Archaeologist Sees Progress in Recovering Looted Antiquities

Nou Sotheavy / Khmer Times No Comments Share:
Archaeologist and lawyer Tess Davis weighs in on the significance of repatriated ancient Khmer antiquities during an Amcham event on August 5. (KT Photo: Sotheavy Nou)

PHNOM PENH (Khmer Times) – The return of an ancient statue of a Hindu deity looted from a temple deep in the jungles of the Koh Ker region was a pivotal victory in Cambodia’s efforts to reclaim its stolen heritage.
The 10th-century sandstone statue of Duryodhana, valued at more than $2 million, was pulled off the auction block in 2011 after a long and tortuous legal battle.
Its return to Cambodia “pushed forward a movement” to repatriate other antiquities stolen from the Kingdom, archaeologist and lawyer Tess Davis said during a recent lecture organized by the American Chamber of Commerce (Amcham).
Ms. Davis, whose research into Cambodia’s national archives has provided legal ammunition to help recover the country’s cultural treasures, said early 20th century laws identified the nation’s antiquities and art as state property. 
Ms. Davis said the sale of the Duryodhana statue was thwarted after appeals by Cambodian authorities, who argued that the cultural treasure had been pillaged from the Prasat Chen temple complex by unidentified looters in the 1970s. New York auction house Sotheby’s agreed to return the stolen artifact.
Last May, New York auction house Christie’s agreed to return an ancient statue of a mythical Pandava to Cambodia after buying it back from the collector who purchased it in 2009. Norton Simon Museum in California also announced it would repatriate a bust of the warrior Bhima that it had acquired from an American art dealer in 1976. 
Both sculptures, which depict mythical warriors from the Hindu epic Mahabharata, were looted from Prasat Chen temple decades ago. They are believed to be part of the same collection of 10th-century temple artwork that included the stolen Duryodhana statue.
“Scholars have identified other statues from Koh Ker – likely stolen at the same time and by the same people who stole the Duryodhana and Bhima – at museums in Cleveland and Denver,” Ms. Davis said.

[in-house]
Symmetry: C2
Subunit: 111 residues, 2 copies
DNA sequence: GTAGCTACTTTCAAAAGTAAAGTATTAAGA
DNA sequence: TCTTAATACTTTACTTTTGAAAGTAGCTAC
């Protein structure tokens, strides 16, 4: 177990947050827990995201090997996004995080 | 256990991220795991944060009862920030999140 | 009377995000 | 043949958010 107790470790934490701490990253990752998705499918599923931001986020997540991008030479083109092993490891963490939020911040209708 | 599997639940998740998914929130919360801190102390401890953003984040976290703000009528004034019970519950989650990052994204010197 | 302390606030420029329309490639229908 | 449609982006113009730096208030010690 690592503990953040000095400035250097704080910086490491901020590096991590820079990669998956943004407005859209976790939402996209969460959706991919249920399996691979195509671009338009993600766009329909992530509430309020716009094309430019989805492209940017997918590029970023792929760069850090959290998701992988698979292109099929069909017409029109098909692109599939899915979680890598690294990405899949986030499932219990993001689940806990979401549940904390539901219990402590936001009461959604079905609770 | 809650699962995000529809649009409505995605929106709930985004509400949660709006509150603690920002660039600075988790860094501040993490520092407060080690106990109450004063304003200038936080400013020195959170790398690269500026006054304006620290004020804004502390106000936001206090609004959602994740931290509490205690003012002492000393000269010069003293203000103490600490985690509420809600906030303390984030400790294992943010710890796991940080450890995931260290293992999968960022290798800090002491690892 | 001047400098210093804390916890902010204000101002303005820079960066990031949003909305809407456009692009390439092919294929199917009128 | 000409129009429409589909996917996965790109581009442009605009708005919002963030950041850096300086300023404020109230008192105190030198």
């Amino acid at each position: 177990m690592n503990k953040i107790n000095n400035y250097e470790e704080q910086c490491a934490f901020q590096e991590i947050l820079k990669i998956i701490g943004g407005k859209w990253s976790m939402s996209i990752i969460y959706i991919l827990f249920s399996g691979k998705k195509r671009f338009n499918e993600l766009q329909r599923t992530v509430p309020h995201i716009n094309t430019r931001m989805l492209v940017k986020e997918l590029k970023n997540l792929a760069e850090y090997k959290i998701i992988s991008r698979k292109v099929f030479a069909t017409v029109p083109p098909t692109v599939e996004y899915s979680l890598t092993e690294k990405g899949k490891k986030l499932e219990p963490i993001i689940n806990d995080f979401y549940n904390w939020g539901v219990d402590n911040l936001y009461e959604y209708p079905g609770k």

If the auctions had taken place in Europe, the objects would probably not have been returned, she commented, adding that European countries are less proactive in returning stolen antiquities.
With growing awareness among international museums,  many have adopted a policy to display pieces purchased before the 1970s and return anything acquired after that.
Ms. Davis said she is amazed at how Christie’s has actively tracked down artifacts sold through its auctions and assisted in returning them to their respective home countries.
Although several stolen Koh Ker statues have already been returned, Ms. Davis said she expects a long campaign if Cambodia is to recover the thousands of looted Khmer antiquities on display in museums and private collections around the world.
Ms. Davis hailed the efforts of Cambodian authorities to protect their nation’s cultural heritage by drafting tighter legislation, suggesting it could snowball into a broader movement.
.“It will inspire a new generation of art lawyers here and in turn, inspire the government and even private firms to focus on this area of the law,” she added.
Ms. Davis and her colleagues are in the process of publishing their fieldwork on Cambodia’s illicit antiquities trafficking networks. They have also created a hotline for citizens to report newly discovered antiquities or stolen artifacts.
She recently inaugurated an exhibition in Angkor Wat on the threat of looting at the ancient temple complex and has written a children’s book about antiquities preservation entitled “If the Stones Could Speak.” 

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